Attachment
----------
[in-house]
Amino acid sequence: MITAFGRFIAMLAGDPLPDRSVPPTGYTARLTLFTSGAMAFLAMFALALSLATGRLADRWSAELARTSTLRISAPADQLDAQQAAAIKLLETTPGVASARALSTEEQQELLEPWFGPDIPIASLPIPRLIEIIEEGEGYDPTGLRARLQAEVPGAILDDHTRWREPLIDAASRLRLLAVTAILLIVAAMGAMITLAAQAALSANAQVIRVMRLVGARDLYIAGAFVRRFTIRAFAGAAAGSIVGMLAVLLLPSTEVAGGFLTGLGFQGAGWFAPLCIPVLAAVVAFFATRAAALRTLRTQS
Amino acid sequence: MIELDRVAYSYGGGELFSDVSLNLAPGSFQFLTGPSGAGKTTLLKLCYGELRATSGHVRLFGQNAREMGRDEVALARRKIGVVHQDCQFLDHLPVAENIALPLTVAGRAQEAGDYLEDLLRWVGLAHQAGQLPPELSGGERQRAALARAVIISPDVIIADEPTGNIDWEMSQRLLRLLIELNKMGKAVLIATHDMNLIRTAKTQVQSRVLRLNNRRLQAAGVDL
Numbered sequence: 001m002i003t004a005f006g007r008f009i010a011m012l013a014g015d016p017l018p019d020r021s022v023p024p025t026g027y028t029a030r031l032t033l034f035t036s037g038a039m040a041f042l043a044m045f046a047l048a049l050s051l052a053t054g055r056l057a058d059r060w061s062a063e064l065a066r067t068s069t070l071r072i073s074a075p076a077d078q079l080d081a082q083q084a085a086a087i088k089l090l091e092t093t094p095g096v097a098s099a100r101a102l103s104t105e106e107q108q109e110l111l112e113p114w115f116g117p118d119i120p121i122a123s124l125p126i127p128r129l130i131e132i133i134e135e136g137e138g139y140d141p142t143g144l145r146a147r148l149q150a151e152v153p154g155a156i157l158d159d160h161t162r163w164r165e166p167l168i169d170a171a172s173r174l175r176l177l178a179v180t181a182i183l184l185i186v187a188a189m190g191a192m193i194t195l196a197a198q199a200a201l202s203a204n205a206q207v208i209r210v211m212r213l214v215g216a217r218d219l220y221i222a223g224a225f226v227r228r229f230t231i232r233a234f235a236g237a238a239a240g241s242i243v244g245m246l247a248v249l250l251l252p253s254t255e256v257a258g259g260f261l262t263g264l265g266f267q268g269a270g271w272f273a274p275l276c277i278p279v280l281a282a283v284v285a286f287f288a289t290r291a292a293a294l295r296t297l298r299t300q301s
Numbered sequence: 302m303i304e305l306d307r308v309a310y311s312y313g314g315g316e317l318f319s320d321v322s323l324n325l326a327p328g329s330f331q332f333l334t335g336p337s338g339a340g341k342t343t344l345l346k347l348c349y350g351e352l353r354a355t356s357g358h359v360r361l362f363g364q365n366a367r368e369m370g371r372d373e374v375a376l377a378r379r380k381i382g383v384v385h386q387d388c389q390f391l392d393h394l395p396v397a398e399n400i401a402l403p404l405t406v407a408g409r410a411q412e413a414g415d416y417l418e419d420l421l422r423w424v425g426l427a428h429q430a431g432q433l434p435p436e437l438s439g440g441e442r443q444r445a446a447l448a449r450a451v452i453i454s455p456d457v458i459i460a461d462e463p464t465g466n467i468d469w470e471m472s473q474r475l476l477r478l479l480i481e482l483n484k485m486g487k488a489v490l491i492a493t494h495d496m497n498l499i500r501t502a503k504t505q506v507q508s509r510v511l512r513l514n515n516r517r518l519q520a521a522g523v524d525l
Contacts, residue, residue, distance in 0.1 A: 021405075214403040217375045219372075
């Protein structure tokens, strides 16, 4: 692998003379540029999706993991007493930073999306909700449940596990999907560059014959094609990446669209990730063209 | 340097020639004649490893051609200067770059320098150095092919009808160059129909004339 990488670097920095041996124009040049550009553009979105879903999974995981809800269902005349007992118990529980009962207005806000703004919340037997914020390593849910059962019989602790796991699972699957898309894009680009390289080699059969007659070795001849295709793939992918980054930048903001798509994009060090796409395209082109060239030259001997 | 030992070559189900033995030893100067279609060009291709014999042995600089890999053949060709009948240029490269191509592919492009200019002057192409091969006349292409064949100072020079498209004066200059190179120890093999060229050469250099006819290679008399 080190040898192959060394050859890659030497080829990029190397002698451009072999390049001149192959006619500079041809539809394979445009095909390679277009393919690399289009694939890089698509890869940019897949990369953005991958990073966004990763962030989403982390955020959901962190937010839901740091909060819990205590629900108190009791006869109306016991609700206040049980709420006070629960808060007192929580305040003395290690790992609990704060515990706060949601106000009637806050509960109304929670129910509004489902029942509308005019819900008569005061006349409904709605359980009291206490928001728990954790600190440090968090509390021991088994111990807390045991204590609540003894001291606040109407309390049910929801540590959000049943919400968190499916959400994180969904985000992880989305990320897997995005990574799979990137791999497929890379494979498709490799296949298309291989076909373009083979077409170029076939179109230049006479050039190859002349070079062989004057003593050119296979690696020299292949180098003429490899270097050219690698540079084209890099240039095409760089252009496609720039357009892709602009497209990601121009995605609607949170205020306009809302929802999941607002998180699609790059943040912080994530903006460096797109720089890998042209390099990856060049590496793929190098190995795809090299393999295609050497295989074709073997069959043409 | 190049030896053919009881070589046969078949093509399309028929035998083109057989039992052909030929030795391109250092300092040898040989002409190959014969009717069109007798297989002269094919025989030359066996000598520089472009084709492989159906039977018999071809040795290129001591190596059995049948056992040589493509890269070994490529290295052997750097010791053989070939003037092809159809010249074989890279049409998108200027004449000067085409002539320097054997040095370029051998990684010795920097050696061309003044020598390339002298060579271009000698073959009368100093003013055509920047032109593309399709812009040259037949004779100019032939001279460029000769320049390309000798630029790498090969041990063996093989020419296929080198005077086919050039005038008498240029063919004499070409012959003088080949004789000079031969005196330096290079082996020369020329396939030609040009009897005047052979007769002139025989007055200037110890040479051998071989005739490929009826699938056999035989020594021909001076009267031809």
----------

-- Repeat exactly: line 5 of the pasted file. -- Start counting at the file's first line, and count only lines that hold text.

Numbered sequence: 302m303i304e305l306d307r308v309a310y311s312y313g314g315g316e317l318f319s320d321v322s323l324n325l326a327p328g329s330f331q332f333l334t335g336p337s338g339a340g341k342t343t344l345l346k347l348c349y350g351e352l353r354a355t356s357g358h359v360r361l362f363g364q365n366a367r368e369m370g371r372d373e374v375a376l377a378r379r380k381i382g383v384v385h386q387d388c389q390f391l392d393h394l395p396v397a398e399n400i401a402l403p404l405t406v407a408g409r410a411q412e413a414g415d416y417l418e419d420l421l422r423w424v425g426l427a428h429q430a431g432q433l434p435p436e437l438s439g440g441e442r443q444r445a446a447l448a449r450a451v452i453i454s455p456d457v458i459i460a461d462e463p464t465g466n467i468d469w470e471m472s473q474r475l476l477r478l479l480i481e482l483n484k485m486g487k488a489v490l491i492a493t494h495d496m497n498l499i500r501t502a503k504t505q506v507q508s509r510v511l512r513l514n515n516r517r518l519q520a521a522g523v524d525l